by Connie Oswald Stofko
The gardening season is still under way in Western New York. You can plant flowering perennials, cool-weather vegetables and fruit trees and shrubs now.
You can safely plant perennials now through mid-September, said Mark Yadon, vice president of Mischler’s Florist and Greenhouses, 118 South Forest Rd., Williamsville.
Some landscapers and other gardening folks may say you can plant perennials well into October, he said, but he doesn’t recommend waiting that long because you want to have enough time for the plant to get well established.
“You want the roots to grow as deep into the soil as possible,” he said.
If the roots aren’t deep enough, the plant could heave out of the soil in the winter and the roots could freeze, Yadon explained.
When you plant your perennial, dig a hole and add good compost or soil mix to give the roots a good start. He also suggested mulching to help protect the roots over the winter. See more tips on planting perennials to survive the winter here.
Since there is a limited time to get perennials planted, you can find specials on them.
At Mischler’s, selected perennials in gallon pots are 50 percent off. They were $9.99 and are now $4.99.
In addition, Mischler’s is featuring a Perennial of the Week, which is on sale for $7.99. Right now the perennial of the week is ‘Goldsturm’ black-eyed Susan, a type of rudbeckia. It grows in handsome bushes. The yellow daisylike flowers have dark centers and are excellent for cutting, background, borders and bedding. It will naturally reseed itself each year.
Starting Thursday, the perennial of the week will be heuchera ‘Melting Fire’. It gets its name because the leaves are bright crimson in spring, mature to a dark maroon red by summer, and acquire tinges of purple in fall. In early summer, the plant gets small, white, bell-shaped flowers that last for four to eight weeks. ‘Melting Fire’ grows about 18 inches tall.
Follow Mischler’s on Facebook to keep up with specials.
Now is the time to plant a crop of vegetables that you can harvest in the fall, said Teresa Buchanan, garden center manager at Lockwood’s Greenhouses, 4484 Clark St., Hamburg.
Cool-weather vegetable crops include broccoli, peas, cauliflower, kale and cabbage. You can buy the plants now at Lockwood’s.
Tip: You can also plant cool-weather vegetables early in spring. They can be planted as early as April, depending on the plant and the weather. Not only does the weather have to be warm enough, the ground has to be dry enough to be worked. A wet spring can postpone planting.
Trees and shrubs
You can plant fruit shrubs and fruit trees now through the middle or end of September, said Buchanan of Lockwood’s. Like perennials, you want to get fruit shrubs and trees in the ground so they have time to root before they go dormant.
You may have heard that you can plant trees much later in the fall, and that’s true if you have a large specimen with a large root ball. However, for the size trees and shrubs that Lockwood’s sells, they recommend planting by the end of September for best results, she said.
Lockwood’s has many fruit shrubs and vines including blueberries, raspberries, gooseberries, blackberries and grapes. They also have fruit and nut trees, including apple, pear, almond and pecan.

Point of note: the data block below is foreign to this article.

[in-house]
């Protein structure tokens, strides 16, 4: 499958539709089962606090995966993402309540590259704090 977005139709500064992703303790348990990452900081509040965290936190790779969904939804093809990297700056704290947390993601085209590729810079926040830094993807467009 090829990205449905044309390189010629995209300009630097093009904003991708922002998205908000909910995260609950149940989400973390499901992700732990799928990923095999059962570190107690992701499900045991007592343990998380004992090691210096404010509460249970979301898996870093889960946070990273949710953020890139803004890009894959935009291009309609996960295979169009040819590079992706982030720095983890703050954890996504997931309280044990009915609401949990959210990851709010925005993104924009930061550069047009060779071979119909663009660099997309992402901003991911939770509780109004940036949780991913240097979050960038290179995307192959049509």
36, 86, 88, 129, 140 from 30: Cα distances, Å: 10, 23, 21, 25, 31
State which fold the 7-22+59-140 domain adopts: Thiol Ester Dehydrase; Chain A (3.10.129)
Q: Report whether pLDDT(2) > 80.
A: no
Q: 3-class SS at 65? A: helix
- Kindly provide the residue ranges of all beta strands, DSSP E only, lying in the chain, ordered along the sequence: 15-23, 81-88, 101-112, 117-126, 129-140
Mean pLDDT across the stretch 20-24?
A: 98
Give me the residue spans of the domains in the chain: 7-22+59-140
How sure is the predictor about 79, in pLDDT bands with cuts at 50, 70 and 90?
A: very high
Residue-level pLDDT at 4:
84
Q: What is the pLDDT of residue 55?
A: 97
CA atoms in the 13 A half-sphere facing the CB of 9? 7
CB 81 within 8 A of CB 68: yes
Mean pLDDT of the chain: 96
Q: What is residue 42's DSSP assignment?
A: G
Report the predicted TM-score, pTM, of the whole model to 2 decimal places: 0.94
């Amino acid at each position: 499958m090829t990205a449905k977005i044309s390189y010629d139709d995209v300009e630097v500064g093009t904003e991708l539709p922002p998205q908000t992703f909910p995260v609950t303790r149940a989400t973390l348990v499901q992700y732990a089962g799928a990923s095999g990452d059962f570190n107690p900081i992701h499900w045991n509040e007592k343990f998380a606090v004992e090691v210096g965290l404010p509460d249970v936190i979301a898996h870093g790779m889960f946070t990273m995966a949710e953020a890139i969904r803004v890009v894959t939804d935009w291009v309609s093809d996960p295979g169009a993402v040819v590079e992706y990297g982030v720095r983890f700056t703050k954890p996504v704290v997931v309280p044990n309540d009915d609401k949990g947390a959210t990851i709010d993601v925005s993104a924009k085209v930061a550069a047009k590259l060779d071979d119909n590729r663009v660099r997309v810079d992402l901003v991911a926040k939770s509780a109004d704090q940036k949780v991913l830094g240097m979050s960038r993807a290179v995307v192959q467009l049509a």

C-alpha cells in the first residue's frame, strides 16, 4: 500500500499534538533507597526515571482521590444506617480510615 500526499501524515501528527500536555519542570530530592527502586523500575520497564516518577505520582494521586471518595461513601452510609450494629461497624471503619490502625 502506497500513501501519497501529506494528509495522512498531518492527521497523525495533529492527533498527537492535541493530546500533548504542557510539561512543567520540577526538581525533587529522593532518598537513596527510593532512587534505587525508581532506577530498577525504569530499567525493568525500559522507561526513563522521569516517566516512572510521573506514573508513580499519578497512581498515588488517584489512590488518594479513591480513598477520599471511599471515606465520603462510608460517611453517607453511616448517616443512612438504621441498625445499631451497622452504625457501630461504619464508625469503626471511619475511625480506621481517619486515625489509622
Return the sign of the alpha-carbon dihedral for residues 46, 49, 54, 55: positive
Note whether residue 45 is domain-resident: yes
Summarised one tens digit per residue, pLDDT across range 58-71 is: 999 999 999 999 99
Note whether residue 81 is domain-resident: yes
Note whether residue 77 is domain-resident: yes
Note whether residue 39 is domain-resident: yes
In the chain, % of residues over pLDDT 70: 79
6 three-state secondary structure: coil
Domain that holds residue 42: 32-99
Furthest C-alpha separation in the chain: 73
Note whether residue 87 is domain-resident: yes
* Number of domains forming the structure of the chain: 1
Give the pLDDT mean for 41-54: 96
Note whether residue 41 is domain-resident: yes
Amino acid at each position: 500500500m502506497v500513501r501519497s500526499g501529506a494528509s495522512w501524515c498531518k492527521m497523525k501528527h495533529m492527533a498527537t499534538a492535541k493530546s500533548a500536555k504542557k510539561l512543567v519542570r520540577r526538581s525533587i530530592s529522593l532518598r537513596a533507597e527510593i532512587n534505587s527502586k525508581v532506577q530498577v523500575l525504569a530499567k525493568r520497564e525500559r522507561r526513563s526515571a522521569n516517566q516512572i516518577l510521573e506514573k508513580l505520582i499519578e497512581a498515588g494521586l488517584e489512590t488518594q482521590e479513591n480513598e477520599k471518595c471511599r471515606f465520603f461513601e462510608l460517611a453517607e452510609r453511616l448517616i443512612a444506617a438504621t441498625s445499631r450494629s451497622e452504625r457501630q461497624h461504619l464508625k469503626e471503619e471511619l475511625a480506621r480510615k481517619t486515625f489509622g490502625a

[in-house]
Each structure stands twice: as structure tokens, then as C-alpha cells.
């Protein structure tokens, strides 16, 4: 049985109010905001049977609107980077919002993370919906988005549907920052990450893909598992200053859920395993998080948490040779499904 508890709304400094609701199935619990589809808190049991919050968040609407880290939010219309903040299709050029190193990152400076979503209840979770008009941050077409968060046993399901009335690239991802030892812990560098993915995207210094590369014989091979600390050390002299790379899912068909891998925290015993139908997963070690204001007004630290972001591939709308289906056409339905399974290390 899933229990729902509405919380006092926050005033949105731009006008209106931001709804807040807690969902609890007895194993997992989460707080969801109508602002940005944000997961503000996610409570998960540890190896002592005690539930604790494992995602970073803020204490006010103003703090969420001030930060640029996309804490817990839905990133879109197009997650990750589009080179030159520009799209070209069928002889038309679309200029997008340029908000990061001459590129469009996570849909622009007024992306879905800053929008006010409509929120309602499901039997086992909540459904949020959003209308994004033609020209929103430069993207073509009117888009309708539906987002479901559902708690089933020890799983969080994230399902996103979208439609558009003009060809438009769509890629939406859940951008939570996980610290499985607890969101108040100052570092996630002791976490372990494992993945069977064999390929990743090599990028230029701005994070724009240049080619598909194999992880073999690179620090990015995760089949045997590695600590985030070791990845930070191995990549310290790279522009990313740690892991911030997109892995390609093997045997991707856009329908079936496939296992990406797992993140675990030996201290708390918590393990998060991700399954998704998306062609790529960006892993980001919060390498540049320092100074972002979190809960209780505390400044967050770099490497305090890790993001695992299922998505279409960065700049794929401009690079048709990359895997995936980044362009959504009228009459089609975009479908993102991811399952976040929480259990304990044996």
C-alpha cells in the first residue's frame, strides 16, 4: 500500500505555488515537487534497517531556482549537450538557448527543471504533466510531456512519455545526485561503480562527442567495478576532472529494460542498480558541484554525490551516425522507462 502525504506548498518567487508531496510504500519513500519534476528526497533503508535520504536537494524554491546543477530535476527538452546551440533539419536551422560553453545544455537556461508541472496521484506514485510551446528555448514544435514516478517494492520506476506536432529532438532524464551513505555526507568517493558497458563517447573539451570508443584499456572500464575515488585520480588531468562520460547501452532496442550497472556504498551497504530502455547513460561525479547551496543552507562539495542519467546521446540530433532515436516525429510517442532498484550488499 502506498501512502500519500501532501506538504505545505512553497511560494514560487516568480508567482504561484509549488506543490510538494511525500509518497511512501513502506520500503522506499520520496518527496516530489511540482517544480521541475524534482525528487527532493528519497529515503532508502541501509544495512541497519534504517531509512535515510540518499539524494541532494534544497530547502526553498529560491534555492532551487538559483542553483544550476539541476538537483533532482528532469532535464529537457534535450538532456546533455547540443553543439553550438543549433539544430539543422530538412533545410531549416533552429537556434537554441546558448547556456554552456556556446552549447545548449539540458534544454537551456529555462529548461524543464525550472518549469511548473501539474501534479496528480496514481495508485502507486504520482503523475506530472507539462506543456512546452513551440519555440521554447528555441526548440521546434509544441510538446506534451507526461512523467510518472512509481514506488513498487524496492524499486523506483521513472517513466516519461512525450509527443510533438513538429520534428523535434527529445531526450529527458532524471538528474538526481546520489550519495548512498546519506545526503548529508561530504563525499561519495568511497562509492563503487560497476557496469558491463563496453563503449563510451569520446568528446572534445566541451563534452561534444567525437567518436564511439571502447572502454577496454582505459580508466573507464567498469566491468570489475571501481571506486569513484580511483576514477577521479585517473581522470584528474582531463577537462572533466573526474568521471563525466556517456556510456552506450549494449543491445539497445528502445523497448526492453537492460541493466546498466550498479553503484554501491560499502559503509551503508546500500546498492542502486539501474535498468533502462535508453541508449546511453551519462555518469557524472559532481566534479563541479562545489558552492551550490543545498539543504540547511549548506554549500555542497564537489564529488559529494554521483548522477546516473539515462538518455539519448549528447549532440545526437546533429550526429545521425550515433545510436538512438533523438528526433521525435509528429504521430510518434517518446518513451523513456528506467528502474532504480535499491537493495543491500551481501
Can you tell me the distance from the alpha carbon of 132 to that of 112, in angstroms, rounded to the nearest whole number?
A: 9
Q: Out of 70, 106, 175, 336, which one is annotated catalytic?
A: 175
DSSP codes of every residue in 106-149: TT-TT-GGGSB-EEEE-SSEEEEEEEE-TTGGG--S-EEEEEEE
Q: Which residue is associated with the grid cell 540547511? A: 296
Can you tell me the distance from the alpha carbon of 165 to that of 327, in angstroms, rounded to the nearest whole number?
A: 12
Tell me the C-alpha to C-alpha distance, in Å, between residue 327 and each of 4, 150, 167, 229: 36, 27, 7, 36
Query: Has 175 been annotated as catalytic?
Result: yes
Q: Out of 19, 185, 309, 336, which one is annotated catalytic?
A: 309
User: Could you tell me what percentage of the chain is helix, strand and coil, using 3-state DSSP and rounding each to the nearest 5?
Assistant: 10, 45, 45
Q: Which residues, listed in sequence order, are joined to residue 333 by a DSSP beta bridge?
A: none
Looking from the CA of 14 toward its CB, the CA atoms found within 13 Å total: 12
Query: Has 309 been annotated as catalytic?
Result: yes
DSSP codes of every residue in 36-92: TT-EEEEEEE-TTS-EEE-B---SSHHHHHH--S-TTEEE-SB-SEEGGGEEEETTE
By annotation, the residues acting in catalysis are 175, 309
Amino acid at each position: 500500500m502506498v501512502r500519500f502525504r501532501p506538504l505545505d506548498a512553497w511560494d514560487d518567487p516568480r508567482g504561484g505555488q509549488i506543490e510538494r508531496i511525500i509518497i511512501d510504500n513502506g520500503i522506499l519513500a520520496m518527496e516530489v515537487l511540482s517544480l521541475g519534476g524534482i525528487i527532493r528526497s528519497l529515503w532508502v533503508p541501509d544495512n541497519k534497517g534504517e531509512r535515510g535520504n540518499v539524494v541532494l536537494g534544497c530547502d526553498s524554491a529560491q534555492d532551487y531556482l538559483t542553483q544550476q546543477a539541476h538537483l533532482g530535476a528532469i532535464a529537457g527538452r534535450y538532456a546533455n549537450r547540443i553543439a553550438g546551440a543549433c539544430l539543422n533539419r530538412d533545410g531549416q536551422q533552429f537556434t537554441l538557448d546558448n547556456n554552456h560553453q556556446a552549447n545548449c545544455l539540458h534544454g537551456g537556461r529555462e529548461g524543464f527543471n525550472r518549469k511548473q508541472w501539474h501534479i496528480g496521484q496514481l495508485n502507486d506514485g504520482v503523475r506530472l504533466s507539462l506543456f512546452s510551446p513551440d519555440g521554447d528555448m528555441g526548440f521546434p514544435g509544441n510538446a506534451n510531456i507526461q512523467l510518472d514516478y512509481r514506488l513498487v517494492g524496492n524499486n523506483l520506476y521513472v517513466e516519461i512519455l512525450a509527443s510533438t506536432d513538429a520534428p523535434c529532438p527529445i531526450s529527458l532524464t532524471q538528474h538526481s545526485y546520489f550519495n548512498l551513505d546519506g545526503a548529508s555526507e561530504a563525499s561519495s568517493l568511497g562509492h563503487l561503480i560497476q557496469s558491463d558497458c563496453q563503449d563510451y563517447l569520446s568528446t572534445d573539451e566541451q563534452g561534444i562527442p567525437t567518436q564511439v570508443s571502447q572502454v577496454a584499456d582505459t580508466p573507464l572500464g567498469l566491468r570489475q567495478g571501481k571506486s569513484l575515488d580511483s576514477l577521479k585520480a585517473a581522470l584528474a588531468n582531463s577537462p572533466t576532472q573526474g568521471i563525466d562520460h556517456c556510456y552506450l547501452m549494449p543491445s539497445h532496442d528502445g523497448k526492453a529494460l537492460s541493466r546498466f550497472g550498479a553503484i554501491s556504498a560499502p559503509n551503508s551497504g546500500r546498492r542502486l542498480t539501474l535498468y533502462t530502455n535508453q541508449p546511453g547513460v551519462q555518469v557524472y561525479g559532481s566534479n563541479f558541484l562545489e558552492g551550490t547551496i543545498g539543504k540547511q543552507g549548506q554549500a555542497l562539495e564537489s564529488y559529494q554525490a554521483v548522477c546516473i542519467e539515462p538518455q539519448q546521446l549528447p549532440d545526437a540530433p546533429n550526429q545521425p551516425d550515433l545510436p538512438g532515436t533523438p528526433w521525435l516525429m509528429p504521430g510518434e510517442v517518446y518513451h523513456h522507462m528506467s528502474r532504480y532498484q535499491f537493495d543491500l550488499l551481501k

All the fruit and nut trees and shrubs at Lockwood’s are on sale for 30 percent off through Sept. 20. Follow Lockwood’s on Facebook to keep up with specials.
You can also pick up annuals on sale. If you have a spot where your perennials are done blooming, pot up a container of annuals to add a bit of color. Some annuals will bloom only until frost.
However, cold tolerant annuals can take some frost and snow. Some years they have looked great past Thanksgiving.
Some annuals, such as caladium and some ferns, can be brought inside and used as house plants, Buchanan said.
More ways to get plants
New: Hosta, daylily and iris sale at Botanical Gardens
Hostas, daylilies and irises will be offered for sale by local plant societies from 9 a.m. to 3 p.m. Saturday, Aug. 23 in the Administration Building of the Buffalo and Erie County Botanical Gardens.
Hundreds of plants– many new and exciting varieties and cultivars as well as popular garden favorites– will be offered at very competitive prices.
Throughout the day experts and enthusiasts will be available to answer questions and offer advice about selecting and growing these plants.
Admission to the sale is free.
See more garden centers
A garden seed and plant exchange will be held from 7 to 8 p.m. Monday, Sept. 8 at the Foundry, 298 Northampton St., Buffalo.
It is sponsored by Buffalo Lab, a makerspace. It’s a community to share knowledge, provide space for hobbies and hang out with others like you. Their motto is Learn, Make, Play!
– Extra seeds in packets (even older ones)
– Seeds from plants in your garden
– Divided perennials or cuttings
– Gardening tools or supplies you no longer need
The organizers will provide labels and small plastic bags to divide and transport seeds.
Bring as much information about the plants and seeds as you can. If you don’t know the name of the plant, describe it as best you can, including information such as how tall it grows, whether it needs sun or shade and the color of the flower.